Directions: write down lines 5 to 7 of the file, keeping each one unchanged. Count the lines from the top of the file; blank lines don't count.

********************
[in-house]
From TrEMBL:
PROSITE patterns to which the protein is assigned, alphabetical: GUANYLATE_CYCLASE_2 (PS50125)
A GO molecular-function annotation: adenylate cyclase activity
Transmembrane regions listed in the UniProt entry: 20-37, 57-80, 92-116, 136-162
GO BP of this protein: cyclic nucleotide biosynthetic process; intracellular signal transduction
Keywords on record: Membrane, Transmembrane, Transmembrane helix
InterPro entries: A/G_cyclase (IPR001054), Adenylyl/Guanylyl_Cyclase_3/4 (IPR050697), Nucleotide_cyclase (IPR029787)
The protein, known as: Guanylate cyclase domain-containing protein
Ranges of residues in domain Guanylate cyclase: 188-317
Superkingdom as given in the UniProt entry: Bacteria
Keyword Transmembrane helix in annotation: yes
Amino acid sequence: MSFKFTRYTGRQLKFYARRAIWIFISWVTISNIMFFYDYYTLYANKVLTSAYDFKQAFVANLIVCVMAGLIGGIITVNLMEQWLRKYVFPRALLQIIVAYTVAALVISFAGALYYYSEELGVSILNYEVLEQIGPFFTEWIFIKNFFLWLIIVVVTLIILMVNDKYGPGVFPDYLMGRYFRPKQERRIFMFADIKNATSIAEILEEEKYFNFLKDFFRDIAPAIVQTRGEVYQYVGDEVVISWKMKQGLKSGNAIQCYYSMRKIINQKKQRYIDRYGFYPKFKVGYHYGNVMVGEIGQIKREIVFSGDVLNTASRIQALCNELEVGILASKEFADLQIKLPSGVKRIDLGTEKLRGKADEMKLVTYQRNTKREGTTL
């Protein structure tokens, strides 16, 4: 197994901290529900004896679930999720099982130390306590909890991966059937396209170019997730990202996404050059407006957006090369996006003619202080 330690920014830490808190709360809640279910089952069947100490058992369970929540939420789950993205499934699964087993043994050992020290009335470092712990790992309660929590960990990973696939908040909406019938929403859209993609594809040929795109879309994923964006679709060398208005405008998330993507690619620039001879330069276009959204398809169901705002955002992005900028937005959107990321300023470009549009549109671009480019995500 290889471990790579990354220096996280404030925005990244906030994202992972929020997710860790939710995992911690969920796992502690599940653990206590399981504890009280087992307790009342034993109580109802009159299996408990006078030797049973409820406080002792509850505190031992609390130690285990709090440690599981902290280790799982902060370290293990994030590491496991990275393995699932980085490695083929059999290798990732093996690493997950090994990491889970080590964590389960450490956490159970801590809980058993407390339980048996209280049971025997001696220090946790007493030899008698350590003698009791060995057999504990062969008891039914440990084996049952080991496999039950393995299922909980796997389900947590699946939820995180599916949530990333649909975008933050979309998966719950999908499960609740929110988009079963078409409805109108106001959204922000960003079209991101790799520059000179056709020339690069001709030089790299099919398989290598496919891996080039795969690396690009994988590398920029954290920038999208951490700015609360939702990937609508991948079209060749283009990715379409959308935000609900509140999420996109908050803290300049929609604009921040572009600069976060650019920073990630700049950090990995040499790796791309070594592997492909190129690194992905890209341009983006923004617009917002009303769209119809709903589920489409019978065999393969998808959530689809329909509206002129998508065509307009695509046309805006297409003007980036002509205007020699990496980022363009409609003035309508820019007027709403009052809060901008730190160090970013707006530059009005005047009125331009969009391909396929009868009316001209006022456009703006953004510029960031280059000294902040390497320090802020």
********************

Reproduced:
Transmembrane regions listed in the UniProt entry: 20-37, 57-80, 92-116, 136-162
GO BP of this protein: cyclic nucleotide biosynthetic process; intracellular signal transduction
Keywords on record: Membrane, Transmembrane, Transmembrane helix